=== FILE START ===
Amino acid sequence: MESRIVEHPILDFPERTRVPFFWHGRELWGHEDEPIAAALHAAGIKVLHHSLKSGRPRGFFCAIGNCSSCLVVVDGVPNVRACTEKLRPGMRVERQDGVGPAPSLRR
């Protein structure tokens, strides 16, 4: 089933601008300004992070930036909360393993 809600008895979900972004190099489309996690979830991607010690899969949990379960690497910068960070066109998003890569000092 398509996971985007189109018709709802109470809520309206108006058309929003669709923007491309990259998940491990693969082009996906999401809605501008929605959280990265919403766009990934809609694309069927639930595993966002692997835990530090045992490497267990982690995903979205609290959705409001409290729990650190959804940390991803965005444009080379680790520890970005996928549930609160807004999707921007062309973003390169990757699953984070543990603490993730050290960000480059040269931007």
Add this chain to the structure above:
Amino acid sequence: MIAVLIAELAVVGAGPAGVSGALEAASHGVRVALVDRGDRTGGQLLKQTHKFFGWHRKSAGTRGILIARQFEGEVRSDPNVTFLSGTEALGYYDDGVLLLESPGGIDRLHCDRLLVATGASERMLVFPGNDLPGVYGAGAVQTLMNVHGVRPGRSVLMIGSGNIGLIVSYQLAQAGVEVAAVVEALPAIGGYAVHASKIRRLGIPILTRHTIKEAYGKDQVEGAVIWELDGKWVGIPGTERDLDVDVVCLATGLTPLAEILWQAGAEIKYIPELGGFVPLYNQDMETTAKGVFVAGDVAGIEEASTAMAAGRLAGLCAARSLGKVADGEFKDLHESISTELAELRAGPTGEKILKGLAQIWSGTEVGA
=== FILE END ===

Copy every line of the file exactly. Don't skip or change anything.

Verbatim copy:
Amino acid sequence: MESRIVEHPILDFPERTRVPFFWHGRELWGHEDEPIAAALHAAGIKVLHHSLKSGRPRGFFCAIGNCSSCLVVVDGVPNVRACTEKLRPGMRVERQDGVGPAPSLRR
């Protein structure tokens, strides 16, 4: 089933601008300004992070930036909360393993 809600008895979900972004190099489309996690979830991607010690899969949990379960690497910068960070066109998003890569000092 398509996971985007189109018709709802109470809520309206108006058309929003669709923007491309990259998940491990693969082009996906999401809605501008929605959280990265919403766009990934809609694309069927639930595993966002692997835990530090045992490497267990982690995903979205609290959705409001409290729990650190959804940390991803965005444009080379680790520890970005996928549930609160807004999707921007062309973003390169990757699953984070543990603490993730050290960000480059040269931007």
Add this chain to the structure above:
Amino acid sequence: MIAVLIAELAVVGAGPAGVSGALEAASHGVRVALVDRGDRTGGQLLKQTHKFFGWHRKSAGTRGILIARQFEGEVRSDPNVTFLSGTEALGYYDDGVLLLESPGGIDRLHCDRLLVATGASERMLVFPGNDLPGVYGAGAVQTLMNVHGVRPGRSVLMIGSGNIGLIVSYQLAQAGVEVAAVVEALPAIGGYAVHASKIRRLGIPILTRHTIKEAYGKDQVEGAVIWELDGKWVGIPGTERDLDVDVVCLATGLTPLAEILWQAGAEIKYIPELGGFVPLYNQDMETTAKGVFVAGDVAGIEEASTAMAAGRLAGLCAARSLGKVADGEFKDLHESISTELAELRAGPTGEKILKGLAQIWSGTEVGA